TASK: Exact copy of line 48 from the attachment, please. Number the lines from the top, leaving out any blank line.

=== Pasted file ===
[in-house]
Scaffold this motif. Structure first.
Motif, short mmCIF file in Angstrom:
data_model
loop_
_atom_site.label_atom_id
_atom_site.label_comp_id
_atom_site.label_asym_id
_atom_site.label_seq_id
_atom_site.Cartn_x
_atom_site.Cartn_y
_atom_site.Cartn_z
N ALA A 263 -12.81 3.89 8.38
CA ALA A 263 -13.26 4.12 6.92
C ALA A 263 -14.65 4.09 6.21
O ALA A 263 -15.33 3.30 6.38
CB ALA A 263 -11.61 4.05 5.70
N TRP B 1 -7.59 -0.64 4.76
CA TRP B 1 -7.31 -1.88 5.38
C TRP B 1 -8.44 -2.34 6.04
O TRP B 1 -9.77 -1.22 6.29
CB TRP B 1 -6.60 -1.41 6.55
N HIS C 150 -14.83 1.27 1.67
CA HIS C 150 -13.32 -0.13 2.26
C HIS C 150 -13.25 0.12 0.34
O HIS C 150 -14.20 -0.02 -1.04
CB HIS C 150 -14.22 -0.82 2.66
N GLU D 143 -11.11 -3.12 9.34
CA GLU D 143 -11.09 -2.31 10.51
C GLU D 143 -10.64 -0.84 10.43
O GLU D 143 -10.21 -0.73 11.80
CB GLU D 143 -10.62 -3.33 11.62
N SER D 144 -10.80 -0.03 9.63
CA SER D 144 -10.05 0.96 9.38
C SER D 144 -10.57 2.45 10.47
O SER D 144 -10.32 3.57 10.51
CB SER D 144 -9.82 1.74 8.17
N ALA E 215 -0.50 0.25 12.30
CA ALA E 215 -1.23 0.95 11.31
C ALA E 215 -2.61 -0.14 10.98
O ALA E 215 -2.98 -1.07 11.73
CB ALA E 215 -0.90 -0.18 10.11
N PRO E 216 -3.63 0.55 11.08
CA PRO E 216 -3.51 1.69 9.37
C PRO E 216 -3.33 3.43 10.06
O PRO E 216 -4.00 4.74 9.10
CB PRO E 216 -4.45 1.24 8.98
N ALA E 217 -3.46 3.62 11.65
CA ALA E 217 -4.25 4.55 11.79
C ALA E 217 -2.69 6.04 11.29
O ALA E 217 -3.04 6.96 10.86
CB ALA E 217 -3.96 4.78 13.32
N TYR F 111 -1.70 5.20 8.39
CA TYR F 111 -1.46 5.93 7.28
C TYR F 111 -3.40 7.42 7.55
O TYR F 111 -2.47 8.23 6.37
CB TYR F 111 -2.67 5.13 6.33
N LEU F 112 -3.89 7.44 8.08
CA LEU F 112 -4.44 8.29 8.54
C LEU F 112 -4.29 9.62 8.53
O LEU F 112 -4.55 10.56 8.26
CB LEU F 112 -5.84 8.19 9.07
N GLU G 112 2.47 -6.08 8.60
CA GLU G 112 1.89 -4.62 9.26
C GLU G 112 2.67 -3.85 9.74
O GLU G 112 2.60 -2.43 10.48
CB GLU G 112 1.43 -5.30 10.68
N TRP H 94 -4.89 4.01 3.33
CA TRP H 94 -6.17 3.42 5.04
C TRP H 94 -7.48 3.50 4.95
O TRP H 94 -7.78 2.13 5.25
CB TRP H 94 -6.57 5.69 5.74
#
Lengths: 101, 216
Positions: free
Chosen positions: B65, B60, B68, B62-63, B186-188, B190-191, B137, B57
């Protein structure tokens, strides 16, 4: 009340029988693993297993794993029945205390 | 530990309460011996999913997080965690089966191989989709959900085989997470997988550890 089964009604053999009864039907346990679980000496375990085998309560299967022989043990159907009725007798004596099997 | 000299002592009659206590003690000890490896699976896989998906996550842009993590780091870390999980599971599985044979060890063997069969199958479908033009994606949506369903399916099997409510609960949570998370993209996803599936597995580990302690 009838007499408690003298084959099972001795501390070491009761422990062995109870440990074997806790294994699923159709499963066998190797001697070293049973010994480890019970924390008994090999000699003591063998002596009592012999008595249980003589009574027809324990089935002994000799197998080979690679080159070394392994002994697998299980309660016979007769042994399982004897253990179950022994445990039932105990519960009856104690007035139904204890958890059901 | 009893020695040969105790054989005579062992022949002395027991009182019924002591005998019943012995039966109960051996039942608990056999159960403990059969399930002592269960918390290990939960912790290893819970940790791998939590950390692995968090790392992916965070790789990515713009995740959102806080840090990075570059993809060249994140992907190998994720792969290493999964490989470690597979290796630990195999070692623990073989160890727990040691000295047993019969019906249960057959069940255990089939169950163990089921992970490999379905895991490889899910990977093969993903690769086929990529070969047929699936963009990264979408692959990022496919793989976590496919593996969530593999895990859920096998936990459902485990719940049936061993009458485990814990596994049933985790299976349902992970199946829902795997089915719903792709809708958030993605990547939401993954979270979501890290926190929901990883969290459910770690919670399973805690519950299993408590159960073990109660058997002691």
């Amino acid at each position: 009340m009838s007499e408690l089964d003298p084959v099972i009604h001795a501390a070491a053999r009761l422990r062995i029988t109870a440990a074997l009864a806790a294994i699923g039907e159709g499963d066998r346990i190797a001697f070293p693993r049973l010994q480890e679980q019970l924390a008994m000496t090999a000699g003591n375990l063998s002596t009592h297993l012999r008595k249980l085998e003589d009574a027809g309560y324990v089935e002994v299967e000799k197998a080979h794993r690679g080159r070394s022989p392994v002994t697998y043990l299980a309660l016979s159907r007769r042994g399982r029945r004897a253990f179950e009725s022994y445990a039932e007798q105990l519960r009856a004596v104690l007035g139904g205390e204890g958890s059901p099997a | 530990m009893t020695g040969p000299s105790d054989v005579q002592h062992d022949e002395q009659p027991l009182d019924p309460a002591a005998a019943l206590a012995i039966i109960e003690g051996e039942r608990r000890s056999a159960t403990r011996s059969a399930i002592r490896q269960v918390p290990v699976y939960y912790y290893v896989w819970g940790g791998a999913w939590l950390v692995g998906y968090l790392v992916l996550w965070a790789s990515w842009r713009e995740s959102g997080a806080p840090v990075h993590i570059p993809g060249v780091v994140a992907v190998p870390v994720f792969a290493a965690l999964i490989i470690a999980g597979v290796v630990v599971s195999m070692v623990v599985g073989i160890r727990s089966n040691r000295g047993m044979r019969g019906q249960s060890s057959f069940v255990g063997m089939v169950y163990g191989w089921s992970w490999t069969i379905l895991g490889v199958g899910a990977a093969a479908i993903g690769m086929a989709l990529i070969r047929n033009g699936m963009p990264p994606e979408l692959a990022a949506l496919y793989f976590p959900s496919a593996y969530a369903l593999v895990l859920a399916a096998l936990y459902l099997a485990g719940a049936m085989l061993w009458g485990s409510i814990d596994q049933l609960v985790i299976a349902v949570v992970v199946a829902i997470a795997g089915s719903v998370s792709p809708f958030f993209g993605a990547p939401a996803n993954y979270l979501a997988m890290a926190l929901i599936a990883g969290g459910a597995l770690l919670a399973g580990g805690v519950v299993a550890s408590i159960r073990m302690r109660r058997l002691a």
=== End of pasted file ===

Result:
N ALA E 217 -3.46 3.62 11.65